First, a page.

This study was approved by the institutional review board (IRB no – 8538). The patient demographic data are listed in Table 1. The majority of patients were labourers from agrarian communities. The mean age was 42 years (19–68 years). Articular tuberculosis and other infective sequelae were the majority of causes. Nineteen of the 24 patients had undergone more than one prior surgical procedure including joint debridement, synovectomy or prior fixation for complex trauma. All patients described chronic debilitating pain and deformity affecting function at presentation. Six of 24 patients had wound complications which were managed with a medial or lateral gastrocnemius flap. All 24 patients went on to sound union with no additional intervention. The time to union was 5.4 months on average (4–7 months). None required an additional procedure to augment union. Fourteen of 24 patients were able to return to their pre-injury occupation after frame removal. The average limb length discrepancy was 3 cm (1.5–6 cm). This discrepancy was significantly higher in patients presenting with post-traumatic sequelae as compared to post-infective (5.5 cm vs. 2 cm). The average final valgus alignment was 7 degrees (2–11 degrees.) Nearly all patients had pin site issues especially in the proximal pins which settled with pin site care and oral antibiotics and a few had local antibiotic injections. None of the patients required exchange or revision of pins. The mean pre-operative and post-procedure LEFS and SF scores are given in Table 2. Both the LEFS and SF-36 scores showed significant improvement in the time of frame removal (p = 0.000; Fig. 5).
A failed arthroplasty is the most common indication for knee arthrodesis. However, post-traumatic and post-infective sequelae, including tuberculosis, are still encountered in developing countries. In the current era where knee arthroplasty is the dominant treatment for end-stage knee pathologies, combined with heightened patients’ expectations and awareness, arthrodesis as a salvage procedure is often overlooked or even frowned upon. However, arthrodesis may be preferable for certain patients; this would include the patient’s age, occupation and the presence of localized infection. For the younger patient, fusion is a good alternative to staged reconstructive procedures and may be cost effective giving the patient an early return to occupation. In this series, the mean age was 42 years (19–68) with most patients involved in agricultural or hard manual labour where a total knee replacement was not the preferred solution.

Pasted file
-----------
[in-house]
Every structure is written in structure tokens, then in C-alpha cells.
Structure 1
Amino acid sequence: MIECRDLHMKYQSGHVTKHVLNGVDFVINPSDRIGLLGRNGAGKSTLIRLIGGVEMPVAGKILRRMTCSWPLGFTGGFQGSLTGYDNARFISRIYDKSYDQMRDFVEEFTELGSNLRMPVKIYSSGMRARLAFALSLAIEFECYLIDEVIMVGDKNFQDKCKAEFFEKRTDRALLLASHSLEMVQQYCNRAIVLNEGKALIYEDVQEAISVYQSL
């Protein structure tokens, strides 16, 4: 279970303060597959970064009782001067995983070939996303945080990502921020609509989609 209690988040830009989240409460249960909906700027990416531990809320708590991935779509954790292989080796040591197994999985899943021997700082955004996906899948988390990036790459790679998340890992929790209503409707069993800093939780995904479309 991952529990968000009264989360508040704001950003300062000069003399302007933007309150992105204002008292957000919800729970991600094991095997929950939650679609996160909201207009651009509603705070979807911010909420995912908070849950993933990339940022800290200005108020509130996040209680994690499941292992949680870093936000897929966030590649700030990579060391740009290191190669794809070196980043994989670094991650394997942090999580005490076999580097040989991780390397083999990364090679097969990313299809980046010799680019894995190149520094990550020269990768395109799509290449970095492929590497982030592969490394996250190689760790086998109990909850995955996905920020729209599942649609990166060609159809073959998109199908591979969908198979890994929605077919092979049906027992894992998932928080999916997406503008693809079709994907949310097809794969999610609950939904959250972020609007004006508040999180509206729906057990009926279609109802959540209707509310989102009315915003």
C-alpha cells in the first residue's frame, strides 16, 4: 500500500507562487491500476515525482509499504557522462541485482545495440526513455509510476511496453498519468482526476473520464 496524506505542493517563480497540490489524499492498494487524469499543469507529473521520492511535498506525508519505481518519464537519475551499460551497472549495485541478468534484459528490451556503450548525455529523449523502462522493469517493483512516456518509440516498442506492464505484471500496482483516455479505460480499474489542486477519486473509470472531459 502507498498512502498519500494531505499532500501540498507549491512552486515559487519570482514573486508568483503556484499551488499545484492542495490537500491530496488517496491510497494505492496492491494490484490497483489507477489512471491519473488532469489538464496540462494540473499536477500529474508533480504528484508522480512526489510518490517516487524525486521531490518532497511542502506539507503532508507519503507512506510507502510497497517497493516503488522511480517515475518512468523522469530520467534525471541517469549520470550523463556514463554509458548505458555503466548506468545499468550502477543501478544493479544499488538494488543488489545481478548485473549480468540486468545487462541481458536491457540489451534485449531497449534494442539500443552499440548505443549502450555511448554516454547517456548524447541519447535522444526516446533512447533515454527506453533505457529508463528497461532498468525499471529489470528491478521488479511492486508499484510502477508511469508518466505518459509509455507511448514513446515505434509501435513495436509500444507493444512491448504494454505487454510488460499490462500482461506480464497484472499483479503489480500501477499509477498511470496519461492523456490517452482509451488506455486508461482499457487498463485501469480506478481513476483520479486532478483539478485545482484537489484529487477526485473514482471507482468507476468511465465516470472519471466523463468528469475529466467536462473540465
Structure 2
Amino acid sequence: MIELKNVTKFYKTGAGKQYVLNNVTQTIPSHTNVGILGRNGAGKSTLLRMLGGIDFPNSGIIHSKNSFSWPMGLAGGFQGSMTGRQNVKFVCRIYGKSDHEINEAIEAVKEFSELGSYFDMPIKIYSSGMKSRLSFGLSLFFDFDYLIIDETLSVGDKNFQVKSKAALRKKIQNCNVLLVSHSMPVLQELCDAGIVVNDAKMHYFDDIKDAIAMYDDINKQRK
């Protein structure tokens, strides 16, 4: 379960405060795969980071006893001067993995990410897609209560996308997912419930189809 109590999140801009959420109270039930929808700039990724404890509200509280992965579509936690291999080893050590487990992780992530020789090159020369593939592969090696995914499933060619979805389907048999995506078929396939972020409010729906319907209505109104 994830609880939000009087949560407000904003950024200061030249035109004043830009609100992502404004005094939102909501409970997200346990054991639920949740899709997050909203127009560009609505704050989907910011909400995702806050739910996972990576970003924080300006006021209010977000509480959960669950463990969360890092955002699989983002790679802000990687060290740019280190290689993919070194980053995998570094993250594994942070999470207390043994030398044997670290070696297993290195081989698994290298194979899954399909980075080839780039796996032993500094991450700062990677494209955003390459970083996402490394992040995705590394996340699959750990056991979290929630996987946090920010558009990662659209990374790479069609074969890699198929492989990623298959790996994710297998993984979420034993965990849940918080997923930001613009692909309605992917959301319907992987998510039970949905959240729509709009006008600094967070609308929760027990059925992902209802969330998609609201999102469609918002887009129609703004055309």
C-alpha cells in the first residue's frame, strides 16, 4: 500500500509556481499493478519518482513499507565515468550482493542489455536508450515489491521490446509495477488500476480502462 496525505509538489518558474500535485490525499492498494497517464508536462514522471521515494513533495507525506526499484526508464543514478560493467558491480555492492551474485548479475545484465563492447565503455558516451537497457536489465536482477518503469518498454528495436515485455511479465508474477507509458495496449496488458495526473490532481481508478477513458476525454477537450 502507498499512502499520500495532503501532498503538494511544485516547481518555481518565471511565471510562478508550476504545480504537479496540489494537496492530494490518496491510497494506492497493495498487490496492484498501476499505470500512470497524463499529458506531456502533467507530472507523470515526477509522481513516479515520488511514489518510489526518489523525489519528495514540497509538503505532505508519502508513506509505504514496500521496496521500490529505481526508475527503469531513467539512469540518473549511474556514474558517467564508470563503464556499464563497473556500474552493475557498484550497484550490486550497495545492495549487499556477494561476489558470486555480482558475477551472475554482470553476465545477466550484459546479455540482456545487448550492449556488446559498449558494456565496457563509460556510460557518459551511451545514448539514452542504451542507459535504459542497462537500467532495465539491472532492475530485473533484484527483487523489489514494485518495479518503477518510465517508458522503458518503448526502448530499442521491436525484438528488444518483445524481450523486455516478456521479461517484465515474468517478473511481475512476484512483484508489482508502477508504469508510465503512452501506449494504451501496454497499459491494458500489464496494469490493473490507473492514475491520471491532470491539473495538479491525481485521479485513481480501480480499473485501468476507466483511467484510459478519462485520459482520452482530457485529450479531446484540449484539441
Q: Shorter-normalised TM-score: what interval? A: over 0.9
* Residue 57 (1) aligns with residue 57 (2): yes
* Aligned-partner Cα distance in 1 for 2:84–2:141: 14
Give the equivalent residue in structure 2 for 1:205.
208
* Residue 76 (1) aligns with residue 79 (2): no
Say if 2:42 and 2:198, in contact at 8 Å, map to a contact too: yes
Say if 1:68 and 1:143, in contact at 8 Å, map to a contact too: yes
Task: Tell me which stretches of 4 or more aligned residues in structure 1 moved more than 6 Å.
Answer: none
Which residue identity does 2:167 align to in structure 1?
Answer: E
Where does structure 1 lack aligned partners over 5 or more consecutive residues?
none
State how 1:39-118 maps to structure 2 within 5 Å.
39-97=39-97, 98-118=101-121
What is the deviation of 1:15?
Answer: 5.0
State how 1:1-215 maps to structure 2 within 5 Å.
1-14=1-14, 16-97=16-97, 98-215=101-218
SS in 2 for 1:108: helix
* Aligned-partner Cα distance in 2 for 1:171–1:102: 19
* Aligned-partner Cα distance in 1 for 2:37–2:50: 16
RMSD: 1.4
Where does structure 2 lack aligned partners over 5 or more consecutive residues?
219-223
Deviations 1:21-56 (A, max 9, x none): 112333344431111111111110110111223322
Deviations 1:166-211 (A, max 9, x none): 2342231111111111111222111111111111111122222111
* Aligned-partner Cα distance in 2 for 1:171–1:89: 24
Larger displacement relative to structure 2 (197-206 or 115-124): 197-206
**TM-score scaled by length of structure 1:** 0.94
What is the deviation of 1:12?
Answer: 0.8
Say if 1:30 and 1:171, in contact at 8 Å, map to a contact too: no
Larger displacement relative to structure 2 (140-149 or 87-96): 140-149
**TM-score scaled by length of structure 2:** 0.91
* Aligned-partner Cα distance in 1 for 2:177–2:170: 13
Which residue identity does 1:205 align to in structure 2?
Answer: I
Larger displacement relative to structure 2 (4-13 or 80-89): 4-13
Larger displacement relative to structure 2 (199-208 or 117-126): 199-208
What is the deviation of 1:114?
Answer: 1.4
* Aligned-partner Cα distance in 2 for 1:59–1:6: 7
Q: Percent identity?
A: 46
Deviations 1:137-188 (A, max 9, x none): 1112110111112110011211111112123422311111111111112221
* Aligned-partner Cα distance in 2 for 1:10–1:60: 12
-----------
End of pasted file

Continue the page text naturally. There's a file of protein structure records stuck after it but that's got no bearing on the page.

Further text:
The presence of constant disabling pain with deformity and infection for many of these patients had a direct bearing on function as shown by the low pre-operative LEFS and SF-36 scores. A joint debridement along with the stability achieved with compression through the monorail device, coupled with appropriate antimicrobial/antituberculous therapy, provides a conductive environment for fusion. Decrease in pain and improved stability after fusion resulted in an improvement in functional outcome.
Various studies have described the use of external fixators [1, 3, 9, 10], cannulated screws , intramedullary devices and other internal fixation (with and without bone graft)  for knee fusion. A majority of patients included in these studies included patients who underwent knee fusion following failed or infected knee arthroplasty. The outcomes have varied from 86 to 96 % [6–8] fusion success. Corona et al. and Eralp et al. [9, 10] have also used monolateral external fixation in patients with failed total knee arthroplasty and had union success in 81–100 %. In this series, all patients achieved sound union at final follow-up and most of them returned to their previous occupation. The monorail fixator had the added advantage of patient comfort when compared with bulkier ring external fixators and obviated the need for plaster application as required with the Charnley’s compression device.
Comparison of these data with other study groups was not possible due to patients in this study having had a failed arthroplasty and the average age lower. The outcome parameters in other studies were restricted to assessing limb alignment, length discrepancy and time to fusion. We have further quantified outcome with pre- and post-fusion scores.
Despite the disadvantages of an external fixator, the anterior rail had certain distinct advantages: it performs like a tension band when the limb is loaded; and the ease of application and improved patient comfort in the fixation period. All patients went on to stable fusion which was reflected on their improved scores and clinical outcomes.
A single anterior rail is a reliable method of obtaining knee fusion for post-infective and post-traumatic sequelae. The technique described offers a single-stage salvage procedure and enables an earlier return to work and occupation. It is a viable alternative over staged reconstructive procedures or complex arthroplasty for certain individuals.
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The authors would like to thank Professor Vinoo Mathew Cherian for his help and support with this study.
Conflict of interest
The authors declare no conflict of interest.
The study methodology was reviewed and approved by the Institutional Review Board (Research and Ethics Commitee) (IRB Min No. 8538) and was conducted as per institution guidelines.
Informed consent was obtained from all individual participants included in the study.
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Roy, A.C., Albert, S., Gouse, M. et al. Functional outcome of knee arthrodesis with a monorail external fixator. Strat Traum Limb Recon 11, 31–35 (2016). https://doi.org/10.1007/s11751-016-0247-5
- Knee arthrodesis
- External fixator
- Tuberculous arthritis
- Post-septic sequelae
- Post-traumatic sequelae